II. A CRAFTY ALTERNATIVE, AN INSIDIOUS SNARE, IS WISELY ELUDED. "IS it lawful to give tribute unto Caesar, or not?" A categorical answer either way would have been immediately and effectively used to his injury; he could not, after so answering, both stand well with his countrymen and remain free from the imputation of disloyalty to the then supreme power of Rome. The alternative was fairly evaded, and the snare was escaped, by the method in which Jesus dealt with the question propounded. There was something picturesque and impressive to the popular mind in his asking for the denarius, and pointing to the emperor's image and superscription. There was manifest reasonableness in yielding to Caesar what was so obviously his own; yet it was pointed out that this might be loyally done without detriment to the higher obligations of religion.


1. We have here a recognition that civil government is of Divine authority. It does not follow from this that every government deserves approval, or even that under no circumstances is it lawful to resist constituted authority. But our Lord teaches, and his apostles teach, as a general principle, that civil governors are to be obeyed, that "the powers that be are ordained of God."

2. An implication that there is a province into which civil governors may not intrude, that there are obligations which take precedence even of the duties we owe to the earthly sovereign. There are claims which the Divine Lord himself prefers, and which he regards as supreme. The apostles clearly grasped this principle, and put it into practice when the rulers interfered with their discharge of what they held to be their religious duties. When a conflict occurs between the allegiance due to the civil ruler and that due to the supreme King, our Lord's words warrant the preference of the Divine to the human law. In times of persecution especially, the principle of our Lord's words has often guided the wavering and sustained the feeble. "Whether it be right to obey God rather than man, judge ye!" We may say that the modern privilege of religious liberty has grown out of this incident in our Lord's ministry, these words from our Lord's lips. And to the same source we may attribute the growing tendency on the part of secular powers to withdraw from the province of religion, and to allow free scope to the action of conscience and full liberty for the profession and for the rites of religion. There is a province into which no earthly authority may intrude, and where the Creator reigns supreme and alone.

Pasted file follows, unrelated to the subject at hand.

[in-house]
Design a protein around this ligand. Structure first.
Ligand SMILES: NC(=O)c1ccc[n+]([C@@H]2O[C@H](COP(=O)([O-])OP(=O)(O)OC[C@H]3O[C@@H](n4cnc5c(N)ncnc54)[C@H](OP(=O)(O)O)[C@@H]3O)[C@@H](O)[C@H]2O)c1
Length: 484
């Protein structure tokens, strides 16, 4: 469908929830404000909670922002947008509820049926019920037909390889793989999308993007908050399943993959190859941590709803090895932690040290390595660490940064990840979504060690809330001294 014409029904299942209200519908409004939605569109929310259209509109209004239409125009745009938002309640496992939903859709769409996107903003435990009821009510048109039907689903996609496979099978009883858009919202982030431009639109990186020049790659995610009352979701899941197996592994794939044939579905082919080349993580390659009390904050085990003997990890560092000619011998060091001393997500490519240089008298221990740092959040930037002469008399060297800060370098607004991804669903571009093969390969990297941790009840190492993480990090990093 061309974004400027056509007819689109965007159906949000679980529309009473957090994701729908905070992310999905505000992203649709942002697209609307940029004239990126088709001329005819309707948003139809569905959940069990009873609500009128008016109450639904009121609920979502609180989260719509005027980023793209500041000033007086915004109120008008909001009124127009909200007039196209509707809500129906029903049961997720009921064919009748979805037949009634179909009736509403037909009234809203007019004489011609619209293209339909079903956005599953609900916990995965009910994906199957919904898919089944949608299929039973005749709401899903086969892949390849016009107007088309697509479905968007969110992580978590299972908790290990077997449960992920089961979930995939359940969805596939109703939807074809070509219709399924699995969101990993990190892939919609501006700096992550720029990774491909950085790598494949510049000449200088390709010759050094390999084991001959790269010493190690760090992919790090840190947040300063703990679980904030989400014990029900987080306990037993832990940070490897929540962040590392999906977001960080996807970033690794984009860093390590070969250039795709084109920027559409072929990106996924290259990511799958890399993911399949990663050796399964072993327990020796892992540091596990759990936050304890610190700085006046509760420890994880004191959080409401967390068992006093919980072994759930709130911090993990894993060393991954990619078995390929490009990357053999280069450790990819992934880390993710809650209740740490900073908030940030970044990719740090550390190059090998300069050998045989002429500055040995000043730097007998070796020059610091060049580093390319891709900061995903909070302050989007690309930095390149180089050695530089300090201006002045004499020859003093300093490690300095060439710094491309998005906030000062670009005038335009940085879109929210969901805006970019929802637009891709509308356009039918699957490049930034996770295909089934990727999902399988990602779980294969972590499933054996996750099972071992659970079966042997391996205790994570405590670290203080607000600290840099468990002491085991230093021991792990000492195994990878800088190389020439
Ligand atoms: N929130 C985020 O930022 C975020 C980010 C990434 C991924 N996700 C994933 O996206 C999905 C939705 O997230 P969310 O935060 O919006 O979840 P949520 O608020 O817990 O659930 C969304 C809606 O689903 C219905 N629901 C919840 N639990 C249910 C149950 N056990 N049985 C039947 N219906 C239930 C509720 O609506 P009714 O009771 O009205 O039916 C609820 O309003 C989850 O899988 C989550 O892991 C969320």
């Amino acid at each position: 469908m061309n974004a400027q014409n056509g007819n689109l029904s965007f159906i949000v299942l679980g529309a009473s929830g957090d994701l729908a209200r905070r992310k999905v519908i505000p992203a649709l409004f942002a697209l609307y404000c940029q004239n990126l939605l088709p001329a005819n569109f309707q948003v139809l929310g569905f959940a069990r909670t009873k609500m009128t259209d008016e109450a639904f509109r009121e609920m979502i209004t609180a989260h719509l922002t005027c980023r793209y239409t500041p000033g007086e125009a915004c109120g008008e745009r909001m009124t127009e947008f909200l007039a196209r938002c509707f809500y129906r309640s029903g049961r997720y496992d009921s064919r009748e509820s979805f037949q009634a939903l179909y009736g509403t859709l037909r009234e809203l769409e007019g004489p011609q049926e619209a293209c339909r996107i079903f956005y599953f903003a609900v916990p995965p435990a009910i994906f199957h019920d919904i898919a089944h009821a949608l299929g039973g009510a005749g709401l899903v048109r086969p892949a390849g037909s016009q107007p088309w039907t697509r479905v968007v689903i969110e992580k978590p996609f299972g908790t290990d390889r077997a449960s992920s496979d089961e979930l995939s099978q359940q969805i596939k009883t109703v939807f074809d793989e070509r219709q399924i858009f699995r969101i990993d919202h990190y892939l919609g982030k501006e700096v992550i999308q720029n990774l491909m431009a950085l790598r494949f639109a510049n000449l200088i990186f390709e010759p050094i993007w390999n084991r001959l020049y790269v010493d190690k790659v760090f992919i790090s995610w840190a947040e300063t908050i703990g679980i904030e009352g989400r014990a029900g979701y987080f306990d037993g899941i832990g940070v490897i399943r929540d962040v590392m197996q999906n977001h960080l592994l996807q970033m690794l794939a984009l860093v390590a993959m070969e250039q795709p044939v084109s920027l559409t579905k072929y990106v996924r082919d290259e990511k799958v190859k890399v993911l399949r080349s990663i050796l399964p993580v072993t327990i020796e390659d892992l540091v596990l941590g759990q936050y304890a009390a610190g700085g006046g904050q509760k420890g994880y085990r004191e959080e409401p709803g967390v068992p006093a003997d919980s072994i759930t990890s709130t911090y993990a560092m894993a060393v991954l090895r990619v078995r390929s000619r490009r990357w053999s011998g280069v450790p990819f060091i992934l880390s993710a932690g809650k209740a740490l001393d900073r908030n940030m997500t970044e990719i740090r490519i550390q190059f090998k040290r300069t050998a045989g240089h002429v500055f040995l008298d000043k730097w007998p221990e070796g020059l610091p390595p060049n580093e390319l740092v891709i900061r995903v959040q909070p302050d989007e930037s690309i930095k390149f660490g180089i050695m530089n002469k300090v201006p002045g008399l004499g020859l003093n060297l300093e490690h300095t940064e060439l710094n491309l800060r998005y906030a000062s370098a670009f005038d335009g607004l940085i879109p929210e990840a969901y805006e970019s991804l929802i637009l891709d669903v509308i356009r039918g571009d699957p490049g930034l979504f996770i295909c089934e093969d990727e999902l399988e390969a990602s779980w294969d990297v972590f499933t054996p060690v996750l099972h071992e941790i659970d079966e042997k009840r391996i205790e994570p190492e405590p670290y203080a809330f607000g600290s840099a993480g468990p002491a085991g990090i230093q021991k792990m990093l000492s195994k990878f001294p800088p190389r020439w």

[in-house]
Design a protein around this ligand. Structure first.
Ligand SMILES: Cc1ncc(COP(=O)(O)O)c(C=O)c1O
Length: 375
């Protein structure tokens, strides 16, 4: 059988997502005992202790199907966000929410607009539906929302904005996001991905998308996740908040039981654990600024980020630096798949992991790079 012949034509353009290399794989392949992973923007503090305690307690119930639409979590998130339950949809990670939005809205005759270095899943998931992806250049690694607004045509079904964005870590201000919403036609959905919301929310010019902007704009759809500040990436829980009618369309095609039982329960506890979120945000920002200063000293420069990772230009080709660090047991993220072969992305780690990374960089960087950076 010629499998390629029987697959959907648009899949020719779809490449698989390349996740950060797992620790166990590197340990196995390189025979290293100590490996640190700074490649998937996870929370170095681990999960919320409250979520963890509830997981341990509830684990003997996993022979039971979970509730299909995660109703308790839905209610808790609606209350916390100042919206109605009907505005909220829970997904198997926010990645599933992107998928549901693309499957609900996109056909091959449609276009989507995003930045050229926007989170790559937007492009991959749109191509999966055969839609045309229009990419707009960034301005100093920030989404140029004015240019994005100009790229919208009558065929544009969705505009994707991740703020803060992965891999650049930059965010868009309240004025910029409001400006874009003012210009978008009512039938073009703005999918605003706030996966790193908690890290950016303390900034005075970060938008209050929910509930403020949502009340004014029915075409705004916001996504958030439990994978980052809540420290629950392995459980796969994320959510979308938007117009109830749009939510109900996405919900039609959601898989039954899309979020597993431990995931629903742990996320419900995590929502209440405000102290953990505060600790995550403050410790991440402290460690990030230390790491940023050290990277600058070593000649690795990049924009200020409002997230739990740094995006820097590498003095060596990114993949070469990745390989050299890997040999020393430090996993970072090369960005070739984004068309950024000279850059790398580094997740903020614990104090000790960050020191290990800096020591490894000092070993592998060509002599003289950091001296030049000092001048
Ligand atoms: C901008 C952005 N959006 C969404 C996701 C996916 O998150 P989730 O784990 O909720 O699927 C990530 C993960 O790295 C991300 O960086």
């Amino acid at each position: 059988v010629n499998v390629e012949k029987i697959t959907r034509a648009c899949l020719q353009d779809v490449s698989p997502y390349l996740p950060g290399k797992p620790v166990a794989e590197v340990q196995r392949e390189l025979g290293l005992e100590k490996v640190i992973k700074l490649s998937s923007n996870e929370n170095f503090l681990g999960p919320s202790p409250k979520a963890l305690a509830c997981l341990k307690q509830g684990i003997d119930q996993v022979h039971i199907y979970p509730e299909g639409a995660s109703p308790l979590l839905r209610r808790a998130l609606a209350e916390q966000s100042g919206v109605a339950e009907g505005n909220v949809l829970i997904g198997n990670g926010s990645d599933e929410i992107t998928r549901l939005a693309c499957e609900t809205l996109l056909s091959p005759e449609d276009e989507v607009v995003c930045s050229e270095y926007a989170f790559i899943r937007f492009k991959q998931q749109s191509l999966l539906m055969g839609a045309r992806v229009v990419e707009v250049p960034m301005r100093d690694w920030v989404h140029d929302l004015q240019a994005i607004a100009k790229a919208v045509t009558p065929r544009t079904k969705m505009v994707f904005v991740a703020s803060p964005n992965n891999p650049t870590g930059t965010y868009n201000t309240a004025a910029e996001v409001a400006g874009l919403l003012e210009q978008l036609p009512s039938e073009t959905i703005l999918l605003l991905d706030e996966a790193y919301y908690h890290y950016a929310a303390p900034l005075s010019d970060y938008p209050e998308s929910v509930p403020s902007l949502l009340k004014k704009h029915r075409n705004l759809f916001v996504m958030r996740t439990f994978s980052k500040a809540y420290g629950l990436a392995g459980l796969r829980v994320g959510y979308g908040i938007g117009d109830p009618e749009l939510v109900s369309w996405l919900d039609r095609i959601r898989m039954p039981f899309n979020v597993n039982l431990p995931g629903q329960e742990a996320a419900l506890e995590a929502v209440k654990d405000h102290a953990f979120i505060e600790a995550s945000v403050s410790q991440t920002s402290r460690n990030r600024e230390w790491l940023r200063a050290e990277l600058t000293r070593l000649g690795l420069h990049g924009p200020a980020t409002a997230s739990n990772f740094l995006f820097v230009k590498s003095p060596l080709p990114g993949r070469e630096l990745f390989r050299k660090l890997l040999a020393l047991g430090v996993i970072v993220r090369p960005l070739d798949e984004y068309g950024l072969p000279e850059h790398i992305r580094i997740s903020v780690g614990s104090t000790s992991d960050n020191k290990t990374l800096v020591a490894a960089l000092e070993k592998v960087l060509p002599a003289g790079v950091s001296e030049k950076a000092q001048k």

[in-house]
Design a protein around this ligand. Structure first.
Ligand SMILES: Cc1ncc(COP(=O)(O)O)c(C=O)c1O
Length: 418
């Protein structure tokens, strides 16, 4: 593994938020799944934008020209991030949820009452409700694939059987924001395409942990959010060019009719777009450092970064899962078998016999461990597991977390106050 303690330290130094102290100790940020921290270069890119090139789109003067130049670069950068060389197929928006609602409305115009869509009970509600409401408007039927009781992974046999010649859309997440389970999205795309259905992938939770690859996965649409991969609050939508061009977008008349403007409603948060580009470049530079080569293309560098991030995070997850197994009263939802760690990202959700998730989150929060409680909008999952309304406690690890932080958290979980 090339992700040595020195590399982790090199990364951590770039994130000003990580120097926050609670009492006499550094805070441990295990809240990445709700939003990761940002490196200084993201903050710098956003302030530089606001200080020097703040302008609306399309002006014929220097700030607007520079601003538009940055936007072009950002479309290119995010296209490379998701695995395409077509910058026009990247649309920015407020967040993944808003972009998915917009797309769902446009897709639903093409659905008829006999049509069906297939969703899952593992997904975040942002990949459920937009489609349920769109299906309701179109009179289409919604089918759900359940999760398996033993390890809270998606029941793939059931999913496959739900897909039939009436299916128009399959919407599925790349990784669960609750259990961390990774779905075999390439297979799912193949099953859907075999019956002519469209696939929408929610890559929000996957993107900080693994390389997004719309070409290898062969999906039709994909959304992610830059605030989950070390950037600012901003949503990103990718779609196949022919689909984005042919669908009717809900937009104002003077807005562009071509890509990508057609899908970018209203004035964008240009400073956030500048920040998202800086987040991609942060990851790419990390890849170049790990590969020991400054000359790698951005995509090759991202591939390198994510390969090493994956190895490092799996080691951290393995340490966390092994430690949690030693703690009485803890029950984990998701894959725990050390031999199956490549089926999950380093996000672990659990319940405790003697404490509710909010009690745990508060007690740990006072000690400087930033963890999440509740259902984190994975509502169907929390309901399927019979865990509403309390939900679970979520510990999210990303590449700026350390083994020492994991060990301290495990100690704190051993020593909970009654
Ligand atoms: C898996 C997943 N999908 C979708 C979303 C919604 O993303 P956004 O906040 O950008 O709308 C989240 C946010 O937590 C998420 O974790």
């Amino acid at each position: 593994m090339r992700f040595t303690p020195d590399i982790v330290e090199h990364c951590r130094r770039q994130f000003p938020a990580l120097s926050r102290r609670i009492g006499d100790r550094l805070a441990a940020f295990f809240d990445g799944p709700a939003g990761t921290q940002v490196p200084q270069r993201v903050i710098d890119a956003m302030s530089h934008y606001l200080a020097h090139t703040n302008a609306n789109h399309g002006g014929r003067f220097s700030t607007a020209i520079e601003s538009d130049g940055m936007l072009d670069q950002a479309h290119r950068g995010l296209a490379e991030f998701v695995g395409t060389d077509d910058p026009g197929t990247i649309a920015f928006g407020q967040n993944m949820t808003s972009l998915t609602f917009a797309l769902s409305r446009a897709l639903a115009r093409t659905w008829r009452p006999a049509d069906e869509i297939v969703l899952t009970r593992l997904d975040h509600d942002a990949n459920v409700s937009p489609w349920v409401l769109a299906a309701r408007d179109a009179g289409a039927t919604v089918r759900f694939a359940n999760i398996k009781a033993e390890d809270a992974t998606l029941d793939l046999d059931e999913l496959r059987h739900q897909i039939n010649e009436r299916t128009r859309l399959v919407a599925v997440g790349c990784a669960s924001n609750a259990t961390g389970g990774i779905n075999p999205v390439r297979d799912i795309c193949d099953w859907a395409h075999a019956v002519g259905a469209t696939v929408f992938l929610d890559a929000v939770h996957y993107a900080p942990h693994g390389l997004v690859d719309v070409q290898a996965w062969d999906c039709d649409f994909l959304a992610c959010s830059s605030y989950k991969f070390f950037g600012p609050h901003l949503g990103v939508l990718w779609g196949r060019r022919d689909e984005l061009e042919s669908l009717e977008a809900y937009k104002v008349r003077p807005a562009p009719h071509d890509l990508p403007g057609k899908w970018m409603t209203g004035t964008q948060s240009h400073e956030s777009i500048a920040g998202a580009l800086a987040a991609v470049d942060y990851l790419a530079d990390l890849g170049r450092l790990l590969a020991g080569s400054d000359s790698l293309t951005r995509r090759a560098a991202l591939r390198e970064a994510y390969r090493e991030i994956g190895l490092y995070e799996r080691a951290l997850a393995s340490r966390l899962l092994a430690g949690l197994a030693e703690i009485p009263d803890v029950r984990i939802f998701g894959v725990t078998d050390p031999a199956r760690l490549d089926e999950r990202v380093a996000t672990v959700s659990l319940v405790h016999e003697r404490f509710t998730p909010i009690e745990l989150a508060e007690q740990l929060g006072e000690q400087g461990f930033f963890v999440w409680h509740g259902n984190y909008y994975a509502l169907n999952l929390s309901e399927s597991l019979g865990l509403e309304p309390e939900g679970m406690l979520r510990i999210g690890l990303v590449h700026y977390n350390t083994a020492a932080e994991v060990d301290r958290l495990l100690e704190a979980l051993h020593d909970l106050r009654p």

Sadducees confuted.

Of all the subjects which awaken the speculative curiosity and inquiry of men, none approaches, in dignity and importance, the future life. The nobler spirits, in every civilized and cultured community, have either held as an article of faith, or have cherished with fondest hope, the prospect of immortality. Annihilation is a prospect which none but the degraded and sinful can consent to accept without shuddering horror. It has often been observed as very remarkable, though not inexplicable, that the Pentateuch contains no express, explicit statement regarding a future life. It appears that the revelation of immortality was progressive; for expectations regarding a conscious existence of happiness after death are certainly found with growing frequency in the later books of the Old Testament. The psalmists and prophets rejoiced in the hope of a heavenly rest and an imperishable fellowship with the Father of spirits. At the time of our Lord's ministry there was a division among the religious authorities of the Jewish people upon this all-important subject; the Pharisees holding to the doctrines of immortality and resurrection, and the Sadducees denying and apparently ridiculing both. Amongst the Sadducees were many of the most intellectual of the upper classes of society. They also retained in their own leading families the office of high priest. Both our Lord Christ and his apostle Paul took a very decided stand against the Sadducaic doctrine and party. During the last week of our Lord's ministry, when the conflict with his enemies was reaching its height, many assaults were made from various quarters against Jesus and his claims and teaching. This passage records the attack of the rationalistic party upon the Divine Master, and his original and conclusive repulse of that attack.


1. It was indirect reasoning. Instead of attacking the doctrine, they simply attacked a supposed inference from it, viz. the continuance of physical human relations in another life.

2. It was frivolous reasoning. They must have found it hard to state with serious faces a case so absurd. It would have been childish had they supposed the woman to have married twice; the suppesition that she should confront in the resurrection life the rival claims of seven husbands was ridiculous. This is not the temper in which great problems regarding human destiny should be discussed.